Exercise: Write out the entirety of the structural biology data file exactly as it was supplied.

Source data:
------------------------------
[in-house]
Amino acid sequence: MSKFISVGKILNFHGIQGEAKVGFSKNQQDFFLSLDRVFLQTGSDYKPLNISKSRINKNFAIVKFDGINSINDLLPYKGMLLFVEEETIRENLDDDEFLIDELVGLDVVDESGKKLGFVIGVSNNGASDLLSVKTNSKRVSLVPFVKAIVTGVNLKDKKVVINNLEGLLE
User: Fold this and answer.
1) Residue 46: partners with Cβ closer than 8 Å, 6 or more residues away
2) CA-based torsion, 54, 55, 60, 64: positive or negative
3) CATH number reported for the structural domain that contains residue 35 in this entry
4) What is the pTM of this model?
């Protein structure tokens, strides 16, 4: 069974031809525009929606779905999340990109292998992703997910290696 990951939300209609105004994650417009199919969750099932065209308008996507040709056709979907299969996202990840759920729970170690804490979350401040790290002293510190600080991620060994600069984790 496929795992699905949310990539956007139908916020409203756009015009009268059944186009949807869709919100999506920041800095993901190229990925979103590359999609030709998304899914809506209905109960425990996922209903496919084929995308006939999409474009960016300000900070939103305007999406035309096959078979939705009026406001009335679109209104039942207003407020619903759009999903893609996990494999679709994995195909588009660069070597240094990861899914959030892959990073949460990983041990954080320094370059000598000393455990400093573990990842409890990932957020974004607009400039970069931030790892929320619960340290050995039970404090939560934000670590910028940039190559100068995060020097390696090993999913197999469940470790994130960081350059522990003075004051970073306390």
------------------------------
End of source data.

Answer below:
[in-house]
Amino acid sequence: MSKFISVGKILNFHGIQGEAKVGFSKNQQDFFLSLDRVFLQTGSDYKPLNISKSRINKNFAIVKFDGINSINDLLPYKGMLLFVEEETIRENLDDDEFLIDELVGLDVVDESGKKLGFVIGVSNNGASDLLSVKTNSKRVSLVPFVKAIVTGVNLKDKKVVINNLEGLLE
User: Fold this and answer.
1) Residue 46: partners with Cβ closer than 8 Å, 6 or more residues away
2) CA-based torsion, 54, 55, 60, 64: positive or negative
3) CATH number reported for the structural domain that contains residue 35 in this entry
4) What is the pTM of this model?
């Protein structure tokens, strides 16, 4: 069974031809525009929606779905999340990109292998992703997910290696 990951939300209609105004994650417009199919969750099932065209308008996507040709056709979907299969996202990840759920729970170690804490979350401040790290002293510190600080991620060994600069984790 496929795992699905949310990539956007139908916020409203756009015009009268059944186009949807869709919100999506920041800095993901190229990925979103590359999609030709998304899914809506209905109960425990996922209903496919084929995308006939999409474009960016300000900070939103305007999406035309096959078979939705009026406001009335679109209104039942207003407020619903759009999903893609996990494999679709994995195909588009660069070597240094990861899914959030892959990073949460990983041990954080320094370059000598000393455990400093573990990842409890990932957020974004607009400039970069931030790892929320619960340290050995039970404090939560934000670590910028940039190559100068995060020097390696090993999913197999469940470790994130960081350059522990003075004051970073306390």